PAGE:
Bookmakers confident Hurricane Fly can see off young pretenders again in BHP Irish Champion Hurdle
Jezki and Our Conor have another crack at the reigning champion at Leopardstown
Hurricane Flyer (Ruby Walsh) leads Our Conor over the last flight before landing Leopardstown’s Ryanair Hurdle at the Christmas festival meeting.
A “Round Two” atmosphere is set to surround Sunday’s BHP Irish Champion Hurdle at Leopardstown and bookmakers reckon it is heavy odds-on that Hurricane Fly will again put the young pretenders, Jezki and Our Conor, in their place.
It is just over three weeks since the world-record breaking, dual-Horse-of-the-Year superstar beat off his two rivals in style around Leopardstown’s two miles in the Ryanair Hurdle and Hurricane Fly is a 1/2 favourite to repeat the dose in this weekend’s €110,000 highlight.
All five that lined up in that Ryanair are among the seven still left in the big race ahead of tomorrow’s forfeit stage and the two others are Hurricane Fly’s stable companions, Un De Sceaux and Annie Power.
Despite the potential shown by both of those younger stars, Hurricane Fly remains the undoubted Mullins number one and he will emulate Istabraq (1998-2001) if successfully bringing off a four-in-a-row in Ireland’s most prestigious hurdle prize on Sunday.
Victory will ensure a 19th Grade One prize and make him the oldest Irish Champion Hurdle winner since the 11-year-old Brave Inca in 2009.
“The champ is definitely the one to beat and I reckon the crowds will travel to see him again,” said Leopardstown’s chief executive Pat Keogh yesterday.
“We would normally anticipate a crowd of about 8,000 for the day but with Hurricane Fly, and both Jezki and Our Conor, who are clearly very good too, I think we can outperform that on Sunday.”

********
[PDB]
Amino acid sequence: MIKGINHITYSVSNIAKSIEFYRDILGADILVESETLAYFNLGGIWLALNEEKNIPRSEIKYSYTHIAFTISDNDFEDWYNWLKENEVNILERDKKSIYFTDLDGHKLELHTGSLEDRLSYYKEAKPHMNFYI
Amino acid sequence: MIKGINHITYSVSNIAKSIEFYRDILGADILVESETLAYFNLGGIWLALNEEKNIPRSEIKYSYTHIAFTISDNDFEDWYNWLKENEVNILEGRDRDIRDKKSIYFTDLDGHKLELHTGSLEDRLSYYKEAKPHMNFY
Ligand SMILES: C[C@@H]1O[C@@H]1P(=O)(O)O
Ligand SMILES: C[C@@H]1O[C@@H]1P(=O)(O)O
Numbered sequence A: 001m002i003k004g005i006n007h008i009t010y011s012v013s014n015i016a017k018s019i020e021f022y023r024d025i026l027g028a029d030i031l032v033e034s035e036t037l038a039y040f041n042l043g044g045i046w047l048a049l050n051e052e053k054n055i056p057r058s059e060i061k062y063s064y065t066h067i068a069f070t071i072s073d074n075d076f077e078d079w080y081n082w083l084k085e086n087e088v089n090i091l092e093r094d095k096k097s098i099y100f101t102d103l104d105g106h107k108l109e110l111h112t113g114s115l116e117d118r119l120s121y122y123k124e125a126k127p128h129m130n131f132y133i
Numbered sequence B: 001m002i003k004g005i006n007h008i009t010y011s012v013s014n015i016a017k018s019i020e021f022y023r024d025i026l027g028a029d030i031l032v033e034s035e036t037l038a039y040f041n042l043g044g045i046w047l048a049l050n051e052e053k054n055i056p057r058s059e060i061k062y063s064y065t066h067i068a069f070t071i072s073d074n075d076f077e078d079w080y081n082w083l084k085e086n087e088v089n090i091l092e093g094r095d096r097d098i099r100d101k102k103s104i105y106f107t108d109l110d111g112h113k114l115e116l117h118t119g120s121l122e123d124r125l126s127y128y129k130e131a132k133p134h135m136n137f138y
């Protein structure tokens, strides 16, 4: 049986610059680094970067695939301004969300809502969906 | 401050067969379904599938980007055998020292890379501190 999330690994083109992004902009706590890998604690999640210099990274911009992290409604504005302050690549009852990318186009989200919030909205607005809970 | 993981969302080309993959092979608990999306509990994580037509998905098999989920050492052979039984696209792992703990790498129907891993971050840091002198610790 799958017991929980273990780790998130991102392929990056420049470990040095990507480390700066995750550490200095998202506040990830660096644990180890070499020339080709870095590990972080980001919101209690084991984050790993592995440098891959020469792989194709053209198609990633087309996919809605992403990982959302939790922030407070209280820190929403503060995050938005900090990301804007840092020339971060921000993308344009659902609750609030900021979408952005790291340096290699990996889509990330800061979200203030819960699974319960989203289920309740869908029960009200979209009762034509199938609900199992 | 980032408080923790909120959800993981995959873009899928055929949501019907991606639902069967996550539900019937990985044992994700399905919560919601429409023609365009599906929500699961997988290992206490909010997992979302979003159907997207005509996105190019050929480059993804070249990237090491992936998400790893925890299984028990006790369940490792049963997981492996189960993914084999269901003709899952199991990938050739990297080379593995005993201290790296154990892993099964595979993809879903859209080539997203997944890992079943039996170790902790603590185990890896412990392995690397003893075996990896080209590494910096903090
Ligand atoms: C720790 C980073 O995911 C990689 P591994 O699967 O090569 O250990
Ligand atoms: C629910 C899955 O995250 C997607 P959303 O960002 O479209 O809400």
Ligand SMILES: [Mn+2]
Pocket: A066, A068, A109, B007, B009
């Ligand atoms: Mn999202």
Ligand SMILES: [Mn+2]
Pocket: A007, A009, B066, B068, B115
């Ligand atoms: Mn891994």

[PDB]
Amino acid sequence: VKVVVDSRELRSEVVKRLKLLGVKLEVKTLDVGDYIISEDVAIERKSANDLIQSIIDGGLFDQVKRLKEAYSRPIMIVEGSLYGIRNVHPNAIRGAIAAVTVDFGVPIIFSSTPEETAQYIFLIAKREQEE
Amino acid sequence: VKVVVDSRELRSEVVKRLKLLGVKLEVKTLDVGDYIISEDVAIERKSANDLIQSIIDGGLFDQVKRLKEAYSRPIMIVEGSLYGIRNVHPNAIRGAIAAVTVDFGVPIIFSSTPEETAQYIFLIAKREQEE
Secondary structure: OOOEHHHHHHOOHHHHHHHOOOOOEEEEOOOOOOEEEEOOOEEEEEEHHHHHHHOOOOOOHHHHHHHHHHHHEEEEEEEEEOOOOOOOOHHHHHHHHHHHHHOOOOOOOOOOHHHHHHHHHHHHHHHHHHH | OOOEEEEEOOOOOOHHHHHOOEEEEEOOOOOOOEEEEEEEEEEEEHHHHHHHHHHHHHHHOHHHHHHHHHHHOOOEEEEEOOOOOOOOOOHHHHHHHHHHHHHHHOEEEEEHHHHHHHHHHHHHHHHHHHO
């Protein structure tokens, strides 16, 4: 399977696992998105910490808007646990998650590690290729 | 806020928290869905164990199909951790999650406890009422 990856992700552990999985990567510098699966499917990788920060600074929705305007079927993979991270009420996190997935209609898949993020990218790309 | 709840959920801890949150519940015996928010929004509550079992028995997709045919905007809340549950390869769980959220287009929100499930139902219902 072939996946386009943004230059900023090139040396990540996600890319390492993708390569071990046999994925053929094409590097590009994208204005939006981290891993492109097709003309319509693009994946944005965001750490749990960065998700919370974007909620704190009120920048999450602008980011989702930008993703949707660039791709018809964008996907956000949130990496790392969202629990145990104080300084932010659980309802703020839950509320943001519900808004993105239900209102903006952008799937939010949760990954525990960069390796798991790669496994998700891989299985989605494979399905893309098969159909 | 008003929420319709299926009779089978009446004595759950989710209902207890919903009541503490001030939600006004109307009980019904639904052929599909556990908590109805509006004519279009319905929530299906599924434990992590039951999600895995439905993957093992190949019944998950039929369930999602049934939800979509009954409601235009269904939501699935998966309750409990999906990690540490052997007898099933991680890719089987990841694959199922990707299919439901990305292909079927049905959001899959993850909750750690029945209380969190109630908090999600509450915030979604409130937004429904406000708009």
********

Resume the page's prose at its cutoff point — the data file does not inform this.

Jezki finished two and a half lengths off Hurricane Fly three weeks ago after a barging match with Our Conor in the straight that hardly represented Tony McCoy’s finest hour. He could again be joined in the race by another JP McManus-owned runner, Captain Cee Bee, although that horse is also topweight for Saturday’s big €100,000 handicap, the Boylesports Hurdle.
In that Ryanair, Our Conor was beaten a total of six lengths in his first start over flights since a Triumph Hurdle rout last March and if Hurricane Fly is something of a veteran at 10 years old, Our Conor is aiming to become the youngest winner of the race in twenty two years.
Sunday’s Grade One support is the Frank Ward Solicitors Arkle Trophy, a two-mile contest likely to be contested by the St Stephen’s Day top-flight winner Defy Logic.
Paul Nolan’s star could be reopposed by Willie Mullins’s Felix Yonger who beat him in a Grade Two at Punchestown in November.
Dunguib pleased connections with a third to Rule The World at Naas on Saturday, his first run in almost three years, and Philip Fenton’s former Cheltenham Festival-winning star could try next to repeat his 2011 victory in the Red Mills Trial Hurdle at Gowran next month.
That could mean a clash with the rising star Un De Sceaux but a relieved Fenton reported yesterday: “He’s one hundred per cent sound thankfully. I was very pleased with the performance and was surprised he was still on their tails turning in. There’s not a great deal for him, but I think going to Gowran makes sense.
“After everything he’s gone through, though, it’s very important to take things one step at a time.”
Gowran could also be the next stop for another Fenton star who impressed on his return to action last week, with the Red Mills Chase an option for Last Instalment.
Cut to as low as 33/1 for the Cheltenham Gold Cup after his comeback third in last Thursday’s Kinloch Brae at Thurles, Last Instalment has emerged unscathed from his first start in nearly two years and although having Leopardstown’s Hennessy as an alternative a week earlier, Fenton also mentioned the Gowran race as a possibility.